The sale of Fisher's collections on 15 March 1837 included drawings of Shropshire.

Inscriptions on several of the drawings (see numbers 19, 20, 22, 23, 25, 27, and 28) refer to 'the Book of Drawings which is in the possession of Mr Corbet of Acton Reynold', from which Fisher apparently copied. In the library of Shrewsbury School are a number of early eighteenth-century drawings, given to the school in 1945 by Robert Rutson James, who had acquired them (along with two others), on 24 November 1933. All eight drawings are now in a vellum-bound volume bearing the bookplate of Andrew Vincent Corbet, 1835, the year he succeeded his father as 2nd Baronet. The binding of the volume seen by Fisher in 1807 was different and perhaps contained several more drawings; for in F Stackhouse Acton, The Castles & Old Mansions of Shropshire (Shrewsbury: Leake and Evans, 1868) are plates that are said to have been 'copied from drawings of the original design, in the possession of Sir Vincent R[owland] Corbet' (1821-91) which survive among neither the Society's nor the school's drawings.

The school's volume contains, besides the six early eighteenth-century drawings, two plans dated 10 September 1796, one each for the ground and chamber floors, by the local architect J H Haycock (1759-1830) towards a rebuilding of the castle for Andrew Corbet (1766-1835), who was created a baronet in 1808. When the drawings left Acton Reynold is unknown; there are other items from the Moreton Corbet library at Shrewsbury School, but when they were acquired is likewise unknown.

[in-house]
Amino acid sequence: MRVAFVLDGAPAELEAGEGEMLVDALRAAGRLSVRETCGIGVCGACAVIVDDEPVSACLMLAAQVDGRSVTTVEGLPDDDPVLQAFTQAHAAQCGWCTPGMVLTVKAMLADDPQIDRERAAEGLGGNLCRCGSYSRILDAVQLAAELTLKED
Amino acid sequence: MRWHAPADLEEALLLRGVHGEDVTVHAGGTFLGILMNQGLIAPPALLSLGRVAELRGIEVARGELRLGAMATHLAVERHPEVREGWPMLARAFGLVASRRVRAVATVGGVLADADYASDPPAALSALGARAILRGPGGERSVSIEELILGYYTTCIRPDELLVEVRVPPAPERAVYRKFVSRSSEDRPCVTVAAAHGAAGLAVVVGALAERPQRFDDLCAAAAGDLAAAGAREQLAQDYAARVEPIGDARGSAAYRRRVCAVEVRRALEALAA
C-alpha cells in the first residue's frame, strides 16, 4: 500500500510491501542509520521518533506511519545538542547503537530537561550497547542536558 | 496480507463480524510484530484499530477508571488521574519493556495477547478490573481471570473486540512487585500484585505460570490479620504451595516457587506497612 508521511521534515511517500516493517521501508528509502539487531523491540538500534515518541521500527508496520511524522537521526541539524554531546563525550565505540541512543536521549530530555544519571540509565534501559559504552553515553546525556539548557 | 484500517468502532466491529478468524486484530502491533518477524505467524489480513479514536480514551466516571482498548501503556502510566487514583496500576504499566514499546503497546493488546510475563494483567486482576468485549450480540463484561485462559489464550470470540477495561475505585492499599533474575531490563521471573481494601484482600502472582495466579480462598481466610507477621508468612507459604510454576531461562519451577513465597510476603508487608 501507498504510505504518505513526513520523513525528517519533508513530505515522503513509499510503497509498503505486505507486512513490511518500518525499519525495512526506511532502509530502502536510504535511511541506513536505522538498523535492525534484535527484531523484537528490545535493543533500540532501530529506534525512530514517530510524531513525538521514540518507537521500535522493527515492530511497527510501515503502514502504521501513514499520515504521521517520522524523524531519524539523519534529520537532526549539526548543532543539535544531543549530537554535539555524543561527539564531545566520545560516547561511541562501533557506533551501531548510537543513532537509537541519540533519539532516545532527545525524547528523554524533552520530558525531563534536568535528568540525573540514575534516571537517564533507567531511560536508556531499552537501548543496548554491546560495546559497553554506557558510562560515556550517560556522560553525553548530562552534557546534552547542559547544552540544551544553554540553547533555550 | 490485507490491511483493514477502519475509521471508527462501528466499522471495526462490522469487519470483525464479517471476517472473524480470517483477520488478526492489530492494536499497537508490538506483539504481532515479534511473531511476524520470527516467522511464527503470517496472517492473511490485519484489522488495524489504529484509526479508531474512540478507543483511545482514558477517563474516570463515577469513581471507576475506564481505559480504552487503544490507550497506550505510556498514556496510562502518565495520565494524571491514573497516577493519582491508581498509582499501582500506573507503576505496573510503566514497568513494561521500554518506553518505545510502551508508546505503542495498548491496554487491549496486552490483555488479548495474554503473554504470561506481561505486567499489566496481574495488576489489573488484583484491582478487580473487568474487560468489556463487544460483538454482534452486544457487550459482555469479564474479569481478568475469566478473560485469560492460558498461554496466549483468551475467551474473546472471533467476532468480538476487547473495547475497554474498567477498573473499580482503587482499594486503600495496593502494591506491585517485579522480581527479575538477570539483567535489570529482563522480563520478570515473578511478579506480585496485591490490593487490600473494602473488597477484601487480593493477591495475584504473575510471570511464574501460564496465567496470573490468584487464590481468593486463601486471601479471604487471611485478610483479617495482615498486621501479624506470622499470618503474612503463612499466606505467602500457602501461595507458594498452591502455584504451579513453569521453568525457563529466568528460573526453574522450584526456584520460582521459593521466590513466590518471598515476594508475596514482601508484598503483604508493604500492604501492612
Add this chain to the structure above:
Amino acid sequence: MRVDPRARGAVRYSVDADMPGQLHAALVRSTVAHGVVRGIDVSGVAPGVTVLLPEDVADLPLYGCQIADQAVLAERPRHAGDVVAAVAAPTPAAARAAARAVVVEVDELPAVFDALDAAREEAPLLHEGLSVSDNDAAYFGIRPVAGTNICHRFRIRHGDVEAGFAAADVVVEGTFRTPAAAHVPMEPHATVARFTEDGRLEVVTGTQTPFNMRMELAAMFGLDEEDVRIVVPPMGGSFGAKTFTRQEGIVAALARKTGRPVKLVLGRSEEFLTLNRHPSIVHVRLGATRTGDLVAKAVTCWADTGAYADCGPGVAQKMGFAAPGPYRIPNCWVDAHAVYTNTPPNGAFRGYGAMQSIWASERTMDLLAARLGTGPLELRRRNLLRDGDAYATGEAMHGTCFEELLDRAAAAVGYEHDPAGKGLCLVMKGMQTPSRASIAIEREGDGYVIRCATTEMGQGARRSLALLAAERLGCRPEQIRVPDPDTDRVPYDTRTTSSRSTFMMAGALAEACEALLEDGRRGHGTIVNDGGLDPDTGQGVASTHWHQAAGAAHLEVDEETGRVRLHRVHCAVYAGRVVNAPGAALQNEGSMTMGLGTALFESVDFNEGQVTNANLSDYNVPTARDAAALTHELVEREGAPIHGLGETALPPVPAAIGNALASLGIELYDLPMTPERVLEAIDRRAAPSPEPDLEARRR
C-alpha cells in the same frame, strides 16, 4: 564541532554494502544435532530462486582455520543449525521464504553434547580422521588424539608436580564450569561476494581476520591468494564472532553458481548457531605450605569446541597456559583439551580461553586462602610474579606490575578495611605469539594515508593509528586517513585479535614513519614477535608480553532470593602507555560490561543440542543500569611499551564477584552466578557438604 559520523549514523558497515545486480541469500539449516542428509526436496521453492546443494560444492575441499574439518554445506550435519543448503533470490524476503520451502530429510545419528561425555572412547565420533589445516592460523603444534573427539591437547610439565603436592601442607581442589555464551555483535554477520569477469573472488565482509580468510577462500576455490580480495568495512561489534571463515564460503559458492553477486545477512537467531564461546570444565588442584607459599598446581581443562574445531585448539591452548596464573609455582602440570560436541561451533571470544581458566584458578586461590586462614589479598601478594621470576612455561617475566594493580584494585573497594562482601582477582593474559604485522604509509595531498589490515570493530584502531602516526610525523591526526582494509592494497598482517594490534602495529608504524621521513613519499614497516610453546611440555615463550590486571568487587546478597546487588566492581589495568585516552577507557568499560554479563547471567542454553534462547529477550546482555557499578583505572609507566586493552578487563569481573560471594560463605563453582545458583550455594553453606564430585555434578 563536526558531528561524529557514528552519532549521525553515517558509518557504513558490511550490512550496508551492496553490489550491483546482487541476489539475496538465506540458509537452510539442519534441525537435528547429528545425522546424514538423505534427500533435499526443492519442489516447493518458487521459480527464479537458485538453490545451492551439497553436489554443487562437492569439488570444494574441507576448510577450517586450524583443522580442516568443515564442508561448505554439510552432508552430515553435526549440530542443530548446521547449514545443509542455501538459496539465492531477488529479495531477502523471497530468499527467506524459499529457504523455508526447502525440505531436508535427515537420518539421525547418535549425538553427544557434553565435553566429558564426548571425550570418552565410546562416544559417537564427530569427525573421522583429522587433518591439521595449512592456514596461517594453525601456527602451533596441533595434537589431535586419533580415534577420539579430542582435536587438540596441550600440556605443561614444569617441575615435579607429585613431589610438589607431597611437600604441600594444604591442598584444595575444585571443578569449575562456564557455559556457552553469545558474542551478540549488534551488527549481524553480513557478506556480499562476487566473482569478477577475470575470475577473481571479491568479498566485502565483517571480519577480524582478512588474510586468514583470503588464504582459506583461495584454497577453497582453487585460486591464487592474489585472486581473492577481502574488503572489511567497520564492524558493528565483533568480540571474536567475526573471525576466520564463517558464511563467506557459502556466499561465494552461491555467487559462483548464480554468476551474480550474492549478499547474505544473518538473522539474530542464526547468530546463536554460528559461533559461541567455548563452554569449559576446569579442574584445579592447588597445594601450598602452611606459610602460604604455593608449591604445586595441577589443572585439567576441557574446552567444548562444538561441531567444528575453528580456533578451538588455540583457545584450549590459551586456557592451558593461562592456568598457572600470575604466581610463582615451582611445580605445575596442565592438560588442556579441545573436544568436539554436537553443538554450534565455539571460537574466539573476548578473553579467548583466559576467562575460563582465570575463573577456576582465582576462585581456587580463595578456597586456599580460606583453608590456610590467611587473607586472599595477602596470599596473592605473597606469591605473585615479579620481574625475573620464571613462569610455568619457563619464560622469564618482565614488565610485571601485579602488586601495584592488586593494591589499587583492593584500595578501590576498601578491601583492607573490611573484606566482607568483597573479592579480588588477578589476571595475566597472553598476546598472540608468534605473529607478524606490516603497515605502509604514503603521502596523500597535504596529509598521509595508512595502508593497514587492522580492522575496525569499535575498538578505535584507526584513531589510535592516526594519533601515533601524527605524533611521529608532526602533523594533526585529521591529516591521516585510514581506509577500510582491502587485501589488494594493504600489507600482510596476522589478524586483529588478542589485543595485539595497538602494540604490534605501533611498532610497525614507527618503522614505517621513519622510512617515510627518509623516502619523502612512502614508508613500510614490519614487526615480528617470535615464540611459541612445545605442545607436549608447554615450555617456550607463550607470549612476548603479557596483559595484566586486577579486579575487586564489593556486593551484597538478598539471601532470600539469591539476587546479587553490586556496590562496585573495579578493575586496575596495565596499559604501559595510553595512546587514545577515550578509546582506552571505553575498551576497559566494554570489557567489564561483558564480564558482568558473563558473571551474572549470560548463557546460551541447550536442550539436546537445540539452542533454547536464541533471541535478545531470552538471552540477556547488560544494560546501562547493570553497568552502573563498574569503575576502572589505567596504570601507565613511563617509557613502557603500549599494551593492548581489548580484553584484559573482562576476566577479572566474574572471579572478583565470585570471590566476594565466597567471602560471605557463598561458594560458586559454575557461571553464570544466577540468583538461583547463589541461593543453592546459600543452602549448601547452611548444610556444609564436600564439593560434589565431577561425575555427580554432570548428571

Fisher (Miscellaneous) Collection

This collection consists of 108 items, mainly drawings by Thomas Fisher of churches and brasses in various parts of England. A few of them are duplicates, or near duplicates, of drawings in the Fisher (Kent) Collection. Unlike that collection, however, these drawings are not bound.

Contents of the Society of Antiquaries of London Drawings & Museum Objects Catalogue

Architectural Remains185188
Arms and Armour6970
Britannia Romana315328
Classical Antiquities140144
Early Medieval Antiquities140153
Eastern Antiquities135139
Instrumenta Ecclesiastica7176
Personal Ornaments8191
Primeval Antiquities360372
Utensils and Furniture175186
Fisher (Cambridgeshire)3333
Fisher (Kent)322331
Fisher (Miscellaneous)10877
Fisher (Shropshire)2828
Museum Objects675711
*The number of images is sometimes slightly greater than the corresponding number of items because, in some cases, close-up photographs of details were made, as well as an overall view of the entire object.